The Guggenheims: One of America’s Best Known Families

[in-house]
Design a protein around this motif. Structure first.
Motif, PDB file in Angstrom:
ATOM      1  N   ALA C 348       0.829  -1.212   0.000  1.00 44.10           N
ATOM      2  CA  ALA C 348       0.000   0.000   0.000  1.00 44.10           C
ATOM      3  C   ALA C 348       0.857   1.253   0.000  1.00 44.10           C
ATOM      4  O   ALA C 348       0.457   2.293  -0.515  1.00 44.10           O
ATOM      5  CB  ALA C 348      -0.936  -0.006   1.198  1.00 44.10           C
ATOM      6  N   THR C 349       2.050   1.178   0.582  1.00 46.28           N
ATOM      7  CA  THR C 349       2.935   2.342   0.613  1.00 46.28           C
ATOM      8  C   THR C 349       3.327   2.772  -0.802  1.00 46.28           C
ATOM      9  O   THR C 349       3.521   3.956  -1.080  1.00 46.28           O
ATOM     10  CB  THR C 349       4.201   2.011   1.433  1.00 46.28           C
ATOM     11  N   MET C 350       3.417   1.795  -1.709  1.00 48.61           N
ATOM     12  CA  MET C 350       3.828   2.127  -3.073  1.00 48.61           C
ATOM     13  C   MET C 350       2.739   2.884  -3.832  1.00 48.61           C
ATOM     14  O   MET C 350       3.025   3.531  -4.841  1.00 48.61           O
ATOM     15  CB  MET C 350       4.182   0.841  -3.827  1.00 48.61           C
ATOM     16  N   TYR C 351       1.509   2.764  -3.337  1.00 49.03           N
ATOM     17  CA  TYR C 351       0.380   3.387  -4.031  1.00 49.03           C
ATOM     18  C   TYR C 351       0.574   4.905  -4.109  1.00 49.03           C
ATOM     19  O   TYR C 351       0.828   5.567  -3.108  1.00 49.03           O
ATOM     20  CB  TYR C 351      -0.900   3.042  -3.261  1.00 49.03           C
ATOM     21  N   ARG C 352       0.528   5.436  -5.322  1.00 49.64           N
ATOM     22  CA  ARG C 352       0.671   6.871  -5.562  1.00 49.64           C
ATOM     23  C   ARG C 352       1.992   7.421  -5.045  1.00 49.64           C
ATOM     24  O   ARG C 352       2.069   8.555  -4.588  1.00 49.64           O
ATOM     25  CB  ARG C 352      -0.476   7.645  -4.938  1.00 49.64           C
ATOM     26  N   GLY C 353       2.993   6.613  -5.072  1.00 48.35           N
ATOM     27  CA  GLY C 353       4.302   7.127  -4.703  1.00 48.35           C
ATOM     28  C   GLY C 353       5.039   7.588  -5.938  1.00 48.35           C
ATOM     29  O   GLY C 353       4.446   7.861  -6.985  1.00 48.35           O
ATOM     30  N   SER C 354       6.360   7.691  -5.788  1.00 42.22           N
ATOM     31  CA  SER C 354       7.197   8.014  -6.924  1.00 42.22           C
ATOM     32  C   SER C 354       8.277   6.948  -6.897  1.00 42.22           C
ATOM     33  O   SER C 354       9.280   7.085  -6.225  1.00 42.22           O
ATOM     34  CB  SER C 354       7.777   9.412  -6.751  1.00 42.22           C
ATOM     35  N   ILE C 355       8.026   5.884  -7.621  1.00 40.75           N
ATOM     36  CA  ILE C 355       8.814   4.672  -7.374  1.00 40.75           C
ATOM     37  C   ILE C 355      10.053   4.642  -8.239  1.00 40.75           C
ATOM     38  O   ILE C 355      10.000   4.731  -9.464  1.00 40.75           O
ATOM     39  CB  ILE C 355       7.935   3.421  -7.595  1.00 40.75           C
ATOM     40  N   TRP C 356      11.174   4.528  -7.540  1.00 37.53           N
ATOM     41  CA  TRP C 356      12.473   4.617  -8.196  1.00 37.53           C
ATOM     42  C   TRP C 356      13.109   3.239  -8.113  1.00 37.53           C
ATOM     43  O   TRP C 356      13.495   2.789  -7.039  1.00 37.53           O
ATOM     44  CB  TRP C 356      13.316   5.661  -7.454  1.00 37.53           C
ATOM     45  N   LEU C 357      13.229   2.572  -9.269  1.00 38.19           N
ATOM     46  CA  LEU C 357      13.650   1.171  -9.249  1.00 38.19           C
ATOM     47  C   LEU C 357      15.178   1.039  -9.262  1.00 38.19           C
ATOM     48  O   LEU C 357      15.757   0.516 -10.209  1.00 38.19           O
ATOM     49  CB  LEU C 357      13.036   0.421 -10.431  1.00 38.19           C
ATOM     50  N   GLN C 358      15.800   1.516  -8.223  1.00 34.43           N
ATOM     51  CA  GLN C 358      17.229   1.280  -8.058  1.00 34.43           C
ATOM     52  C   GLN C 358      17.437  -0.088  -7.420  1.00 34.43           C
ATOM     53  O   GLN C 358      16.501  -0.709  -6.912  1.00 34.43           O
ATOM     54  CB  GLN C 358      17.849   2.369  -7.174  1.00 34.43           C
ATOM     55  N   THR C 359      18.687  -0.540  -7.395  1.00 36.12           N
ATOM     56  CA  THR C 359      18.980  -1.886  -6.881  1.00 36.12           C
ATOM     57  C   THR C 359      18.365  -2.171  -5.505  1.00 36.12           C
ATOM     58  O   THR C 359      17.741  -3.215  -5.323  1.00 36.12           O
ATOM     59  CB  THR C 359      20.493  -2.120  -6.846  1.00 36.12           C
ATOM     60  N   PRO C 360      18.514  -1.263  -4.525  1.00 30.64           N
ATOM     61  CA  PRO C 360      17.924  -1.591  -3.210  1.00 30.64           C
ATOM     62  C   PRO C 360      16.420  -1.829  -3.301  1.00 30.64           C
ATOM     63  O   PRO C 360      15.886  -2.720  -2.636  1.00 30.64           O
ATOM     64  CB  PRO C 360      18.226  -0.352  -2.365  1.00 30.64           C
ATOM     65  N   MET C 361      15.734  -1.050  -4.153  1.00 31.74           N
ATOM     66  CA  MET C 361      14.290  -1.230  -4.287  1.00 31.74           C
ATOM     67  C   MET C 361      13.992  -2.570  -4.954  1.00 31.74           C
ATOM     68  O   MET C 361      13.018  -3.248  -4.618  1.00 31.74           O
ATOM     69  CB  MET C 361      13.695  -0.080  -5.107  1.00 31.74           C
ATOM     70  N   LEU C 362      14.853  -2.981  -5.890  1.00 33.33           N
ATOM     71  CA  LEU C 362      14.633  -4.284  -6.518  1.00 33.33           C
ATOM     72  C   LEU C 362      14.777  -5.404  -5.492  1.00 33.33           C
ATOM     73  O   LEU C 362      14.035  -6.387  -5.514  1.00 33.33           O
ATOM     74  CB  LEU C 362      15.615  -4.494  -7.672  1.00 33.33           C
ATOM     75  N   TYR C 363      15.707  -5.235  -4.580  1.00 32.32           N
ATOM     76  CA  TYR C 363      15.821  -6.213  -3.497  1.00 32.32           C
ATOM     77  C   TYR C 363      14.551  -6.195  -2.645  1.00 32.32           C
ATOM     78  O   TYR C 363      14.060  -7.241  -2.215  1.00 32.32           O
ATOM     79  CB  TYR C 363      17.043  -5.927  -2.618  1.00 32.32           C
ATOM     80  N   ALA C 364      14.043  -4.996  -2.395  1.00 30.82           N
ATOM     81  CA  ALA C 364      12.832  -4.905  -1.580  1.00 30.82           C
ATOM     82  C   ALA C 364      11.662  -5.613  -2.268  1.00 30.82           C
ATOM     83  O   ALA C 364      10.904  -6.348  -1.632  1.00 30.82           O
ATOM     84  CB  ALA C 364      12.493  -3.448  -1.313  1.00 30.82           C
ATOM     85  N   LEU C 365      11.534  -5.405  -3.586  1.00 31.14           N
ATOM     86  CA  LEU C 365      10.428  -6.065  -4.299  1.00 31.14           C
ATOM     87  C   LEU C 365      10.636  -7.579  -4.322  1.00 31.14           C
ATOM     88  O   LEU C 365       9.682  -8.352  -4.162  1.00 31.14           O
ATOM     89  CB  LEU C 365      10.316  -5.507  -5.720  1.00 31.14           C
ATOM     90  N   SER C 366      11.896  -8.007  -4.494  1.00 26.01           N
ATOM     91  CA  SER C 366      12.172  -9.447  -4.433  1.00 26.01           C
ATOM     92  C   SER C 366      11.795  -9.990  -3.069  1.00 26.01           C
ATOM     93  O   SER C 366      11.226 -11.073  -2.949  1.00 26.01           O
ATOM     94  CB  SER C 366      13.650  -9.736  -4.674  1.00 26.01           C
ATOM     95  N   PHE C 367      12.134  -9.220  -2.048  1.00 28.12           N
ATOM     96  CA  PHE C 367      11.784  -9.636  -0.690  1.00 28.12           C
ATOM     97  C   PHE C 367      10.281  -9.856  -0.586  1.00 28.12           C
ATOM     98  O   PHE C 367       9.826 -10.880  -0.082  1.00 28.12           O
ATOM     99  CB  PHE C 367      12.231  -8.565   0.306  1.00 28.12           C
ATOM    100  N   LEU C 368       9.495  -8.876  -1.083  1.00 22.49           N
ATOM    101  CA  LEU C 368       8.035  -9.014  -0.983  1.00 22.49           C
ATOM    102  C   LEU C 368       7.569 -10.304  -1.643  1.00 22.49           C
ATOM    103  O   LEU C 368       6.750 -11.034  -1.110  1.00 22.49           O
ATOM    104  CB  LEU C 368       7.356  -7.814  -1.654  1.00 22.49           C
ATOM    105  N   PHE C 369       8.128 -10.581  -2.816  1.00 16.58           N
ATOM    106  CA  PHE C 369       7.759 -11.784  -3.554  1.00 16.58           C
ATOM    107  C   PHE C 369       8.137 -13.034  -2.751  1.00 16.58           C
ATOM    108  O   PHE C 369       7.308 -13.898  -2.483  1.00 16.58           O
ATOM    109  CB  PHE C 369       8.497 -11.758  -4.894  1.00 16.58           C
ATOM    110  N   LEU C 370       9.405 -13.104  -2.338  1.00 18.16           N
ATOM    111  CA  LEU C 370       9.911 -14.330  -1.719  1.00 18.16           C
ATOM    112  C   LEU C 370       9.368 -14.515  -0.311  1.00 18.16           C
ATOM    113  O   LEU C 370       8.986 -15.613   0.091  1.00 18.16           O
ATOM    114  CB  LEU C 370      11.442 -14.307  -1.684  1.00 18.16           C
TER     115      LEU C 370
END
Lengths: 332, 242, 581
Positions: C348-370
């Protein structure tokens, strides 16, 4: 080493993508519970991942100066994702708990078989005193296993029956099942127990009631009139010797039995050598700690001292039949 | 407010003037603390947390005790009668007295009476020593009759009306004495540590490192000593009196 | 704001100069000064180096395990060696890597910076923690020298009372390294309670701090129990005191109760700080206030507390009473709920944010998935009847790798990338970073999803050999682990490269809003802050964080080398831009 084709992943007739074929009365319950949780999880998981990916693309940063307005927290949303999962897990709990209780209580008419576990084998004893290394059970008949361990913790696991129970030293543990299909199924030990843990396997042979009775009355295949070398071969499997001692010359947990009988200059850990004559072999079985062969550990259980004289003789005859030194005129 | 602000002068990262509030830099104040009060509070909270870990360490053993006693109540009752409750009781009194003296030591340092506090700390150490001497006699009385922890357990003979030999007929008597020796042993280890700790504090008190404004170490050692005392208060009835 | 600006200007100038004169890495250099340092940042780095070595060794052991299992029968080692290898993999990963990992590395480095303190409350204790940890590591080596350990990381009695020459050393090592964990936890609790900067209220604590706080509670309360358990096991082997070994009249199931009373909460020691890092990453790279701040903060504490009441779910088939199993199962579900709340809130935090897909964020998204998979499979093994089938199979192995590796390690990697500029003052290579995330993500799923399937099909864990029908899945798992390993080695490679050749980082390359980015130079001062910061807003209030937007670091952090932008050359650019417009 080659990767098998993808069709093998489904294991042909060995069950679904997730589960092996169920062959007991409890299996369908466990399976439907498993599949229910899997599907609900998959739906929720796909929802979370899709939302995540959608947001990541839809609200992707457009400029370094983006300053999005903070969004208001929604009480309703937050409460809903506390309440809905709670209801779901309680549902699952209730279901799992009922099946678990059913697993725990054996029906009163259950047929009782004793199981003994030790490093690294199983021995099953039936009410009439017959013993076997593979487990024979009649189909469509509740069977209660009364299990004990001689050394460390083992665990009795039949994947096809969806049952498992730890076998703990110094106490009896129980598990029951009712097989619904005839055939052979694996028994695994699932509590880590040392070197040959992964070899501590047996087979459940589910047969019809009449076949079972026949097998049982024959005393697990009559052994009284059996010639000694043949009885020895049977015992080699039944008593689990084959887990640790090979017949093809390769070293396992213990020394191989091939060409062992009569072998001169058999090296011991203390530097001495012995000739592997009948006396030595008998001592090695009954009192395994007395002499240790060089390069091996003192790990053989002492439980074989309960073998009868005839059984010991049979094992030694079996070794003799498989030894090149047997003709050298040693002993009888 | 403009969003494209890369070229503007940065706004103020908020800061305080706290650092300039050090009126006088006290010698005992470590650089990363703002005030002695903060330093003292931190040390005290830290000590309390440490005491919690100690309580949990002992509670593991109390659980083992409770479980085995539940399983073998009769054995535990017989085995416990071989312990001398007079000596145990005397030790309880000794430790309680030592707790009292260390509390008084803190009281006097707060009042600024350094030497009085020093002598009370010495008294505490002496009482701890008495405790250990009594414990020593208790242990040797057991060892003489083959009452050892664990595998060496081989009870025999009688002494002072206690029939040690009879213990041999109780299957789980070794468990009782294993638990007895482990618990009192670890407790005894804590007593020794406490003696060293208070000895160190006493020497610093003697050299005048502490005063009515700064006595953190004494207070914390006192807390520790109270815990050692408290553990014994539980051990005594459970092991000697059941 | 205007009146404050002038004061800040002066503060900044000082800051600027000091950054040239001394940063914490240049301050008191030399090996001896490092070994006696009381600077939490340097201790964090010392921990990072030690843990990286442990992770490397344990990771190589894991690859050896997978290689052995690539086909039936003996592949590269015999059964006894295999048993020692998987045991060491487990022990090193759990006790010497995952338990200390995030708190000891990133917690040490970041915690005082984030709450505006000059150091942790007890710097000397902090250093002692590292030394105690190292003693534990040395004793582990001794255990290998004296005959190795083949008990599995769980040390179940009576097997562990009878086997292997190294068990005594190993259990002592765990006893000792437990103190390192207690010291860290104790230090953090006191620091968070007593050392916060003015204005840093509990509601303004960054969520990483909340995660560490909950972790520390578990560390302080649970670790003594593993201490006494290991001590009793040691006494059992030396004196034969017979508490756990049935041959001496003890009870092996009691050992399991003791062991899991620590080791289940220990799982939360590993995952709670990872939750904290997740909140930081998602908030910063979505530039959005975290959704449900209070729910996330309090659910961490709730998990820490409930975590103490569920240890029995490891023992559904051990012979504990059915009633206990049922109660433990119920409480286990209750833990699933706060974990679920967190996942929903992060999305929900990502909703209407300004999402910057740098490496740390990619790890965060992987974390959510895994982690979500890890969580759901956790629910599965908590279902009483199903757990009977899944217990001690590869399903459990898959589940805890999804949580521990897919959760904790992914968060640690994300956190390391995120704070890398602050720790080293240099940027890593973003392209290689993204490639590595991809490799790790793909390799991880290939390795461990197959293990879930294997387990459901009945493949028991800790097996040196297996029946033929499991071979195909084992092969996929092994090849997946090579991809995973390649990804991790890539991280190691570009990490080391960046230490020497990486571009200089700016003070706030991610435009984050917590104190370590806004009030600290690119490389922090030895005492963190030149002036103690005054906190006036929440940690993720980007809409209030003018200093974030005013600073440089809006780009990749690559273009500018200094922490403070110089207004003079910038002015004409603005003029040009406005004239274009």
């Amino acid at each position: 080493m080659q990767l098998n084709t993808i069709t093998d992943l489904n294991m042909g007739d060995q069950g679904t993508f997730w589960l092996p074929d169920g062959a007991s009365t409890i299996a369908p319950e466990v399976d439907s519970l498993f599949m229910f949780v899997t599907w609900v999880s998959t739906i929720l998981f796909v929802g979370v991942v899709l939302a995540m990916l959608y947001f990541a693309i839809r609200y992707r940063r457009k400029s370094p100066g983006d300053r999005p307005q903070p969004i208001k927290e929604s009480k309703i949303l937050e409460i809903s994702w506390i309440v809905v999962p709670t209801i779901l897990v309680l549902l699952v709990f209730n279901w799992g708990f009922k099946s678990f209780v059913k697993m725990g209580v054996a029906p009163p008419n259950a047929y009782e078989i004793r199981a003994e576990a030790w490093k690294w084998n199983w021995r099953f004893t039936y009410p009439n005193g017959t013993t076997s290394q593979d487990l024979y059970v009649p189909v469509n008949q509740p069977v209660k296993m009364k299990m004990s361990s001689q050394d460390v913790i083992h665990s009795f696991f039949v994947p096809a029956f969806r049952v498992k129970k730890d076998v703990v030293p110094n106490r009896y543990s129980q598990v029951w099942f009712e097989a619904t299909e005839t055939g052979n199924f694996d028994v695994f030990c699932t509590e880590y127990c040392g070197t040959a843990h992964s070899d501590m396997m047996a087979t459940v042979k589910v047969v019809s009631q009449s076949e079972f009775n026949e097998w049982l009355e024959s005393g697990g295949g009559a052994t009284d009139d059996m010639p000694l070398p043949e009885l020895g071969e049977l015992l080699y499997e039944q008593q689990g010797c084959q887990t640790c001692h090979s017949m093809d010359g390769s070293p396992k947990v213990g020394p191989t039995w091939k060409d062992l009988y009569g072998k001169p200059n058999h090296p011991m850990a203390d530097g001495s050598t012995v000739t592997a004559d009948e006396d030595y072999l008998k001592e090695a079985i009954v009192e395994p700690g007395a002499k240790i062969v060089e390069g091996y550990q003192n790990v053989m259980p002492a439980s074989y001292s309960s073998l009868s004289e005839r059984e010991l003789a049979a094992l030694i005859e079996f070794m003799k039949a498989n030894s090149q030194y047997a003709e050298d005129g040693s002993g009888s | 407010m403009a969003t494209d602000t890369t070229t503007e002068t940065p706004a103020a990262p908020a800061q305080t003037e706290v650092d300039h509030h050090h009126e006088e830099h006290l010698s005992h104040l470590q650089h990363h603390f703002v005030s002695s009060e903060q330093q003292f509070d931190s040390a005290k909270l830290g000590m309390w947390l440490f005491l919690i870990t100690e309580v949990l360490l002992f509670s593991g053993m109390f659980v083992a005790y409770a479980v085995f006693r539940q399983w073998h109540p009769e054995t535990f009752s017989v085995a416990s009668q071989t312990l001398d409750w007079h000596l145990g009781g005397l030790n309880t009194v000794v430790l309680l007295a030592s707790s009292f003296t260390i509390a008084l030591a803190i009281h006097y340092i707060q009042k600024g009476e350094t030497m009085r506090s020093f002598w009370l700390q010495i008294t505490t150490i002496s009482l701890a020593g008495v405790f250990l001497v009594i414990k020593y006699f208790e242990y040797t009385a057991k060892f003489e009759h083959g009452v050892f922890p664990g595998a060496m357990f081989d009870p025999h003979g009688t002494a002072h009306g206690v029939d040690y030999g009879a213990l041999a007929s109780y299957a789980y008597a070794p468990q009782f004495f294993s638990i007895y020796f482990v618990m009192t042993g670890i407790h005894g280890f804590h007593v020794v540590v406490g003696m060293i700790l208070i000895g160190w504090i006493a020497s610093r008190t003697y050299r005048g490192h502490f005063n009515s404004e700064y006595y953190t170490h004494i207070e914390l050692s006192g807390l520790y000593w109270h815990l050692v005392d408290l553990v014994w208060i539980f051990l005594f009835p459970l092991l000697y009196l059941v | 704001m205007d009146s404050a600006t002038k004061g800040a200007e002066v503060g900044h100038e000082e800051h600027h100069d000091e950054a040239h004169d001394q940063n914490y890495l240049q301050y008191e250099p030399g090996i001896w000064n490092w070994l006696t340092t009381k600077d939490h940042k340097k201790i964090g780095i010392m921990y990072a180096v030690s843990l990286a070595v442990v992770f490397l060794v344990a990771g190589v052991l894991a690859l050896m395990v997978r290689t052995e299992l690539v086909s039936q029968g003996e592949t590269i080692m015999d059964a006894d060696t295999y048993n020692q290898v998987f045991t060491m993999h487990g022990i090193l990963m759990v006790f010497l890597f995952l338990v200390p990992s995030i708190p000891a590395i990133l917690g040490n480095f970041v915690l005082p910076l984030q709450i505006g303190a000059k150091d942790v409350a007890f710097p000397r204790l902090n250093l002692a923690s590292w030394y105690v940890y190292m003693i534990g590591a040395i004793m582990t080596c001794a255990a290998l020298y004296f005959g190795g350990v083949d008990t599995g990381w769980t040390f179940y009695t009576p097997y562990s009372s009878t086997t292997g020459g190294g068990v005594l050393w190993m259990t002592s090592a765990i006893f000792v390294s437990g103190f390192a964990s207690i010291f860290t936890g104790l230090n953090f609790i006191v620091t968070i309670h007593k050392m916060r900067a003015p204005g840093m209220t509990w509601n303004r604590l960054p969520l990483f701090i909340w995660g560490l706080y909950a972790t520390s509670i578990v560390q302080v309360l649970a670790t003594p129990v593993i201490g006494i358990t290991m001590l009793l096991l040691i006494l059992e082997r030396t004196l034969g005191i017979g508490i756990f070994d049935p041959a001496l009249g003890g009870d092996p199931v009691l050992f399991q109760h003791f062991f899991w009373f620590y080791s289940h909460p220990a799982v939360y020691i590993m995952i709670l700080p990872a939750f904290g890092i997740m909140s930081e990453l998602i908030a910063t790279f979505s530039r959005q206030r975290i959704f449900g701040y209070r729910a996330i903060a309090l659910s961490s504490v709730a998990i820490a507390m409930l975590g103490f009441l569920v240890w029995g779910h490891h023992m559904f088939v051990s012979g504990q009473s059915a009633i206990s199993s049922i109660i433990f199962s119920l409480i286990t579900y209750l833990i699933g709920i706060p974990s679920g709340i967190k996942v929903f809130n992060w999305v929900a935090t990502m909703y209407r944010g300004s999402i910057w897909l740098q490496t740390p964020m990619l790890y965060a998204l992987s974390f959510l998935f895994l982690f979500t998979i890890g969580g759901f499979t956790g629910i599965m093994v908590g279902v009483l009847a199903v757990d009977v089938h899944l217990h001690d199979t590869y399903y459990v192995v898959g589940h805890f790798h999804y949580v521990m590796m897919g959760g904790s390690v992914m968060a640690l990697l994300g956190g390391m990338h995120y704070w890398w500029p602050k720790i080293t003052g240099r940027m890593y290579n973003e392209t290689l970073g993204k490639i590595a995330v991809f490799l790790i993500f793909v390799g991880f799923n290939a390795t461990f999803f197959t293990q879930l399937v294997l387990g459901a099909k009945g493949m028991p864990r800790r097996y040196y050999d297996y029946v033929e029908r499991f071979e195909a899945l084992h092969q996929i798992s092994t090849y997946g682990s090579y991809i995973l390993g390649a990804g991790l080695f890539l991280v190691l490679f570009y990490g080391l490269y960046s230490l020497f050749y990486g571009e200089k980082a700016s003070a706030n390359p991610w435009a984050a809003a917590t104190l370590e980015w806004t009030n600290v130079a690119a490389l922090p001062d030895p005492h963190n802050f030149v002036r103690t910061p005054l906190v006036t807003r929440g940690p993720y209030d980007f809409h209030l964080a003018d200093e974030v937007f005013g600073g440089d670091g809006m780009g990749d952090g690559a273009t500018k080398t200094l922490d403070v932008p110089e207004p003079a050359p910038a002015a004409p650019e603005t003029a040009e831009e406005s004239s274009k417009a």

The name Guggenheim is synonymous in America with philanthropy and achievement. In the 19th century, family patriarch, Meyer, amassed a fortune from mining and smelting. His business acumen and philanthropic ways were inherited by his large brood who made names for themselves during their lifetimes. Their good  works and family name live on. Many members of the Guggenheim family are entombed in Salem Fields Cemetery, an historic Jewish cemetery which straddles the Brooklyn/Queens border. Their octagonal-shaped mausoleum was built in 1899 at a cost exceeding $100,000 and is the largest mausoleum in the cemetery. It was created by American architect Henry Beaumont Herts who is also responsible for a number of other monuments on the grounds. The white marble structure was modeled after the Tower of the Winds in Athens in the Italian neoclassical style. Barbara Myers Guggenheim, the wife of family patriarch Meyer, was the first to be entombed there after her sudden death in 1890. Meyer’s grand-nephew, Harry Guggenheim (my favorite), co-founder of the Long Island’s newspaper Newsday was also entombed within the structure after his death in 1970.